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African Journal of Traditional, Complementary and Alternative Medicines
African Ethnomedicines Network
ISSN: 0189-6016
Vol. 11, No. 3, 2014, pp. 112-117
Bioline Code: tc14089
Full paper language: English
Document type: Research Article
Document available free of charge

African Journal of Traditional, Complementary and Alternative Medicines, Vol. 11, No. 3, 2014, pp. 112-117

 en EFFECTS OF POLYSACCHARIDES FROM GYNOSTEMMA PENTAPHYLLUM check for this species in other resources (THUNB.), MAKINO ON PHYSICAL FATIGUE
Lin-Na, Shan & Yong-Xiu, Shi

Abstract

Background: Gynostemma pentaphyllum check for this species in other resources (Thunb.) Makino has been reported to have a wide range of health benefits in Chinese herbal medicines. Polysaccharides from Gynostemma pentaphyllum (PGP), has been identified as one of the active ingredients responsible for its biological activities. Although many pharmacological activities of PGP have received a great deal of attention, there is limited evidence for the anti-fatigue effects of PGP. The purpose of this study was to investigate the effects of polysaccharides from PGP on physical fatigue.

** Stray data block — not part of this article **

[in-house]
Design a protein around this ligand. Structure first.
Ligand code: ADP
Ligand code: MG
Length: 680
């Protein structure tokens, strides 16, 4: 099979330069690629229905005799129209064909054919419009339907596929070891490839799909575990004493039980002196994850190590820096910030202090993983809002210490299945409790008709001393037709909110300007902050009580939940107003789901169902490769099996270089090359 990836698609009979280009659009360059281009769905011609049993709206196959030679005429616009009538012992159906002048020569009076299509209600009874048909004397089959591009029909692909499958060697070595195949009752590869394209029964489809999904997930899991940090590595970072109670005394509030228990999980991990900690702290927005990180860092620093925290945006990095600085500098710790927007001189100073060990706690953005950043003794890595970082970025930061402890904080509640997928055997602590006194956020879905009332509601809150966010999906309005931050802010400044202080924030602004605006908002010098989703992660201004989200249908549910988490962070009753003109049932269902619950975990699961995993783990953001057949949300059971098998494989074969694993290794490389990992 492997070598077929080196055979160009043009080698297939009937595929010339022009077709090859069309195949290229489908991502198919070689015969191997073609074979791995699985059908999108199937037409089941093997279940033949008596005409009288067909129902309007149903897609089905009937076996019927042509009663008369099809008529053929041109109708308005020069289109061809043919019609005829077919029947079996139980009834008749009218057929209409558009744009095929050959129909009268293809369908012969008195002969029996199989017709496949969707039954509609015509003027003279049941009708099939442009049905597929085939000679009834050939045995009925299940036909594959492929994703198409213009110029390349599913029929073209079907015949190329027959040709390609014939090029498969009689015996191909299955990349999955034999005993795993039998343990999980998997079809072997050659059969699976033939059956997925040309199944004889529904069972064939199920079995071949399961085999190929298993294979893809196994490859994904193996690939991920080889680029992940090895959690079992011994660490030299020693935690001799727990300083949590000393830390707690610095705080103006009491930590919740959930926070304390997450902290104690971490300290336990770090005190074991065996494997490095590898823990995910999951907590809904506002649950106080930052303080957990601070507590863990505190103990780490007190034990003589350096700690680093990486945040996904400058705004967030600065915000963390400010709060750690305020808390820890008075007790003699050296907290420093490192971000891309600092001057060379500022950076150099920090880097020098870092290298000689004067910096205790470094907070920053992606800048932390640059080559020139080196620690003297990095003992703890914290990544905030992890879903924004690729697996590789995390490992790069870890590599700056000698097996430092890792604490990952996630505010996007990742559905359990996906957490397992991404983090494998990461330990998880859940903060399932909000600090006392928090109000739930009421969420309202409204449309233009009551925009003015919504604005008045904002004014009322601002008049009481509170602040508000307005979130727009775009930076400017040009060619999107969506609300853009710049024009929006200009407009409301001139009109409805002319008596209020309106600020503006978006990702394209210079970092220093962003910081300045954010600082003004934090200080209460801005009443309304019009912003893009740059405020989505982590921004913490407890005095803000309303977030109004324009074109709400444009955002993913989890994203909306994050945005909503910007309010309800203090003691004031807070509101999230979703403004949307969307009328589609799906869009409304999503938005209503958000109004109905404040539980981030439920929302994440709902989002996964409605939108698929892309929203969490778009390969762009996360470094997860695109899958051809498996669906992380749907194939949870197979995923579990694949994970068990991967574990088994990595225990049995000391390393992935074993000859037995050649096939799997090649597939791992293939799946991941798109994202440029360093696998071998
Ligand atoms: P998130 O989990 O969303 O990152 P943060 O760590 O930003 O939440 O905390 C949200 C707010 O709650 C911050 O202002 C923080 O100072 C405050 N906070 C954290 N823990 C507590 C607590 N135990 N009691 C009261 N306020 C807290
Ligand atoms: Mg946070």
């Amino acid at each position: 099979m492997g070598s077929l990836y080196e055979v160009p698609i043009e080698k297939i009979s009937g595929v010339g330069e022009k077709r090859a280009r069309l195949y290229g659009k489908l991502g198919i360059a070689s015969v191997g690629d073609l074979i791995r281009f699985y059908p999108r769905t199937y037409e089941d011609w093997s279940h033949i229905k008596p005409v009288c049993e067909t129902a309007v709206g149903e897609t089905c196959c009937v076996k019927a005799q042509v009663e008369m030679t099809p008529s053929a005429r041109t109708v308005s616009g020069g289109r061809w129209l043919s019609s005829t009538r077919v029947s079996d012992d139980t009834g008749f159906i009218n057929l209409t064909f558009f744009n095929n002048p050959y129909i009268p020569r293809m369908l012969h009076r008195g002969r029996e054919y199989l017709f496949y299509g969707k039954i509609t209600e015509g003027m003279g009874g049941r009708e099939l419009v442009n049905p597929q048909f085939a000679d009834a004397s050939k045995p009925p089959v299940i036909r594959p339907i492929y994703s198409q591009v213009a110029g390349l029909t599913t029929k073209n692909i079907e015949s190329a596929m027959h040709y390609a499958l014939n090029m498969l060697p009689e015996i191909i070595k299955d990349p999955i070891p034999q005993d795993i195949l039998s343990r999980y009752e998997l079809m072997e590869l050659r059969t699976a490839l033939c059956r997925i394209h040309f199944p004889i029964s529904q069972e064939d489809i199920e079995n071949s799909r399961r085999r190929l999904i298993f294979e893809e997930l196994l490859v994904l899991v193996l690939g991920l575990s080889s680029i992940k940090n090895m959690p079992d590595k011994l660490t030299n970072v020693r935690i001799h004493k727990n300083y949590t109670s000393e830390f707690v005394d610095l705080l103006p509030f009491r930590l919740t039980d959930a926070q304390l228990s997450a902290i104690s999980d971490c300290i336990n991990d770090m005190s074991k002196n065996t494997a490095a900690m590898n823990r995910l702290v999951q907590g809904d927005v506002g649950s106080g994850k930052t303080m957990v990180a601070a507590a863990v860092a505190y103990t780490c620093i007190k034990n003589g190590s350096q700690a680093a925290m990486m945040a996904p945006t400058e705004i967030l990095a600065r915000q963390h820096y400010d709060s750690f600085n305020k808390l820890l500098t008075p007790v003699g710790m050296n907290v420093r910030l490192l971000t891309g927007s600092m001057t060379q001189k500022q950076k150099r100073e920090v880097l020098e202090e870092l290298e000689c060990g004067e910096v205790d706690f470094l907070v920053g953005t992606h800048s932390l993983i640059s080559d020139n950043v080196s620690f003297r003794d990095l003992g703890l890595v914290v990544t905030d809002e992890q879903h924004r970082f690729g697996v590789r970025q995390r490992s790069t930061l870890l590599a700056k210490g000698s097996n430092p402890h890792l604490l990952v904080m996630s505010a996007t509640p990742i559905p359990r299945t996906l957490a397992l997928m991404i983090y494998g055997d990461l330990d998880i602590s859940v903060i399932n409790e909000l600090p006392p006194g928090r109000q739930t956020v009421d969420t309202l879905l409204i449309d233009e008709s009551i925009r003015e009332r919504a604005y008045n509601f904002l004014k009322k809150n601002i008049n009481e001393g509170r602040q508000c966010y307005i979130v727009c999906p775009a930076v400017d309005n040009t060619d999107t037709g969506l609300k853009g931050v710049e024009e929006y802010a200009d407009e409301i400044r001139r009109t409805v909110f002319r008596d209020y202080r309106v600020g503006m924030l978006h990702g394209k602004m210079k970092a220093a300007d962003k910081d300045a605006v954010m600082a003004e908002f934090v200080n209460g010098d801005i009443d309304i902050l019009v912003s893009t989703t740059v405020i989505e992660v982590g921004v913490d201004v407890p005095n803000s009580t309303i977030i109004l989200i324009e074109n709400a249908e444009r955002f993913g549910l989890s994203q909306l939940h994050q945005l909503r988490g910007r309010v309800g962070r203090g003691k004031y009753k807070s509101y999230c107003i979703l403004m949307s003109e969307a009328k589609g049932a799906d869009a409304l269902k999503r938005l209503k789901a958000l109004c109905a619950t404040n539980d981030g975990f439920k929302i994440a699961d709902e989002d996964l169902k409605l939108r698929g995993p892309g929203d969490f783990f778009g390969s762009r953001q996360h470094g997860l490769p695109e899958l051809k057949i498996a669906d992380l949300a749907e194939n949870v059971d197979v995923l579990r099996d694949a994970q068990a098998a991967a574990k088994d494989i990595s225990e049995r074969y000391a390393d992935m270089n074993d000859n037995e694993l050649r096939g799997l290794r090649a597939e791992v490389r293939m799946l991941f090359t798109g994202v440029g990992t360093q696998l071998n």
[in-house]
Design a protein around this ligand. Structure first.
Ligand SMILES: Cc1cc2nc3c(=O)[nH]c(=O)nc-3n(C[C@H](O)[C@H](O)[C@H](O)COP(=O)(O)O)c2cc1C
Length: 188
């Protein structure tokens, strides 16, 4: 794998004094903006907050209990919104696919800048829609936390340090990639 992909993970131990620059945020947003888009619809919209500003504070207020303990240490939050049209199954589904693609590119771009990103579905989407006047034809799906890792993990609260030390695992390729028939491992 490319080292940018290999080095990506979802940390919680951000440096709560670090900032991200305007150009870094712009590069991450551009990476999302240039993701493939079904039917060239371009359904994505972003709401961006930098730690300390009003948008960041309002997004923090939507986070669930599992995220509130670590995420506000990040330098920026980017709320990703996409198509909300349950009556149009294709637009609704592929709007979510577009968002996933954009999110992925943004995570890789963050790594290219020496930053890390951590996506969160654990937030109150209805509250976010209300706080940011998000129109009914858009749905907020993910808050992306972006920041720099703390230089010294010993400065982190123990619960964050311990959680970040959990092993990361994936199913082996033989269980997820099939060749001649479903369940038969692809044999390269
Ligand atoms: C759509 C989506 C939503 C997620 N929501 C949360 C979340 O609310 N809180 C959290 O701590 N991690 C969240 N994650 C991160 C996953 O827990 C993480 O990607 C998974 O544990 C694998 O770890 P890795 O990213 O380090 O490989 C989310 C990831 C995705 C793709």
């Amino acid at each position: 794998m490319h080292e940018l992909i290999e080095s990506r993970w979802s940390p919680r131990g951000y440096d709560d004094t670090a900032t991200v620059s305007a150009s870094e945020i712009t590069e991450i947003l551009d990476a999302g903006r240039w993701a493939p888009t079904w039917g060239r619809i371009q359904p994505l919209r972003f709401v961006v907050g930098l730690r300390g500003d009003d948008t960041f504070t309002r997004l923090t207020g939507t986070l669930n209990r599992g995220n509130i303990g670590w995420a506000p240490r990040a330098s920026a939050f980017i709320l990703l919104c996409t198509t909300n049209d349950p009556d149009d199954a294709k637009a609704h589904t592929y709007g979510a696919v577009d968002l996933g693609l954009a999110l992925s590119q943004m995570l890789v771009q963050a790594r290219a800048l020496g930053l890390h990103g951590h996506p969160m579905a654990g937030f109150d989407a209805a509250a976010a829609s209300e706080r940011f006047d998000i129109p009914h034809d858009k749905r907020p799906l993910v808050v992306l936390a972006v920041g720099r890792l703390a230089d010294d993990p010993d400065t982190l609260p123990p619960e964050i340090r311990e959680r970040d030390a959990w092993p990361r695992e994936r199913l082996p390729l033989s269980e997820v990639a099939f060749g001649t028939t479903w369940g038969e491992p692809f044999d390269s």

Materials and method: The rats were divided into four groups, with 10 animals per group: control (C), group, low-treated (LT), group, mediumtreated (MT), group, and high-treated (HT), group. The C group received distilled water, while LT, MT and HT groups were given various doses of PGP (100, 200, 400 mg/kg· d). After 30 days, forced swimming test was carried out in an acrylic plastic pool, then the exhaustive swimming time of rats and some biochemical parameters related to fatigue were measured. The data obtained showed that PGP could extend the exhaustive swimming time of the rats, as well as decrease the blood lactic acid (BLA), and blood urea nitrogen (BUN), concentrations, and increase the hemoglobin, liver glycogen and muscle glycogen concentrations.
Result: The data obtained showed that different doses of PGP could extend the exhaustive swimming time of the rats, as well as decrease the BLA and BUN concentrations, and increase the hemoglobin, liver glycogen and muscle glycogen concentrations, which suggests that PGP had significant anti-fatigue effects on rats.
Conclusion: PGP may be of use as a potential anti-fatigue agent, but there is a need for further research on long-term use in order to show its positive effects on physical fatigue.

Keywords
polysaccharides from Gynostemma pentaphyllum (Thunb.) Makino; physical fatigue; forced swimming test; rats

 
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